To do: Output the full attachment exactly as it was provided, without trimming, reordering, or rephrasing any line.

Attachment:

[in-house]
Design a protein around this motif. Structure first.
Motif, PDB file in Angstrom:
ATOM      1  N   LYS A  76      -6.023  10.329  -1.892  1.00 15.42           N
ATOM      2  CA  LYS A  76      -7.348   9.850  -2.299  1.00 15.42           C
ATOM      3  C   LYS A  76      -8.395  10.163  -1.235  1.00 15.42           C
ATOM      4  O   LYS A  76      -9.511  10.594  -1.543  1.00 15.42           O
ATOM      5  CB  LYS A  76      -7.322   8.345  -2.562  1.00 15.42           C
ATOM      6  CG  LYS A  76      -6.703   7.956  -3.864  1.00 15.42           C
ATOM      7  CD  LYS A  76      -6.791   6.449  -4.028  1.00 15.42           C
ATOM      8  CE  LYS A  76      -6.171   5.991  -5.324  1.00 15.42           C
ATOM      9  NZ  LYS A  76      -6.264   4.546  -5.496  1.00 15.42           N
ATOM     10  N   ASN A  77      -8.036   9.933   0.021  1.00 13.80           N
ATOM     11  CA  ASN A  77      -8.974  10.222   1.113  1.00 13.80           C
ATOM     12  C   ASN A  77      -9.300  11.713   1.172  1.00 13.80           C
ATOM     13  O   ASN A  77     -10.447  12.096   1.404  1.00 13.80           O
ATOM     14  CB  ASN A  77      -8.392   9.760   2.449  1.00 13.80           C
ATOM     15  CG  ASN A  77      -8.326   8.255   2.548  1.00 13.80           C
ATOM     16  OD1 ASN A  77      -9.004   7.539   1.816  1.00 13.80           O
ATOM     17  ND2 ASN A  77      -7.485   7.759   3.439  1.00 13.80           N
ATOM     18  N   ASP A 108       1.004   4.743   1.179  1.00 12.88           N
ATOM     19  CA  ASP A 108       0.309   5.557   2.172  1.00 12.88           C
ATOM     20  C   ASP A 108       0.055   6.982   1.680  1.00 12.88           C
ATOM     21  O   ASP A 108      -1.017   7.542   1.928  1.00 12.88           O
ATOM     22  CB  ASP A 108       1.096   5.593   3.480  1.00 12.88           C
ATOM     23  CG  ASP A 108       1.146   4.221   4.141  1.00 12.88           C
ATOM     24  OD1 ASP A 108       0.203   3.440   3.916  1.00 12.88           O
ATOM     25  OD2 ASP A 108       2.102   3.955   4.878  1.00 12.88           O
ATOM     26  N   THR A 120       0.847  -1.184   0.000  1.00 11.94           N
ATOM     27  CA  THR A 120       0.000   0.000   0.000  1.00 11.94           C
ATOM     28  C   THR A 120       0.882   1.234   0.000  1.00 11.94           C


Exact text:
[in-house]
Design a protein around this motif. Structure first.
Motif, PDB file in Angstrom:
ATOM      1  N   LYS A  76      -6.023  10.329  -1.892  1.00 15.42           N
ATOM      2  CA  LYS A  76      -7.348   9.850  -2.299  1.00 15.42           C
ATOM      3  C   LYS A  76      -8.395  10.163  -1.235  1.00 15.42           C
ATOM      4  O   LYS A  76      -9.511  10.594  -1.543  1.00 15.42           O
ATOM      5  CB  LYS A  76      -7.322   8.345  -2.562  1.00 15.42           C
ATOM      6  CG  LYS A  76      -6.703   7.956  -3.864  1.00 15.42           C
ATOM      7  CD  LYS A  76      -6.791   6.449  -4.028  1.00 15.42           C
ATOM      8  CE  LYS A  76      -6.171   5.991  -5.324  1.00 15.42           C
ATOM      9  NZ  LYS A  76      -6.264   4.546  -5.496  1.00 15.42           N
ATOM     10  N   ASN A  77      -8.036   9.933   0.021  1.00 13.80           N
ATOM     11  CA  ASN A  77      -8.974  10.222   1.113  1.00 13.80           C
ATOM     12  C   ASN A  77      -9.300  11.713   1.172  1.00 13.80           C
ATOM     13  O   ASN A  77     -10.447  12.096   1.404  1.00 13.80           O
ATOM     14  CB  ASN A  77      -8.392   9.760   2.449  1.00 13.80           C
ATOM     15  CG  ASN A  77      -8.326   8.255   2.548  1.00 13.80           C
ATOM     16  OD1 ASN A  77      -9.004   7.539   1.816  1.00 13.80           O
ATOM     17  ND2 ASN A  77      -7.485   7.759   3.439  1.00 13.80           N
ATOM     18  N   ASP A 108       1.004   4.743   1.179  1.00 12.88           N
ATOM     19  CA  ASP A 108       0.309   5.557   2.172  1.00 12.88           C
ATOM     20  C   ASP A 108       0.055   6.982   1.680  1.00 12.88           C
ATOM     21  O   ASP A 108      -1.017   7.542   1.928  1.00 12.88           O
ATOM     22  CB  ASP A 108       1.096   5.593   3.480  1.00 12.88           C
ATOM     23  CG  ASP A 108       1.146   4.221   4.141  1.00 12.88           C
ATOM     24  OD1 ASP A 108       0.203   3.440   3.916  1.00 12.88           O
ATOM     25  OD2 ASP A 108       2.102   3.955   4.878  1.00 12.88           O
ATOM     26  N   THR A 120       0.847  -1.184   0.000  1.00 11.94           N
ATOM     27  CA  THR A 120       0.000   0.000   0.000  1.00 11.94           C
ATOM     28  C   THR A 120       0.882   1.234   0.000  1.00 11.94           C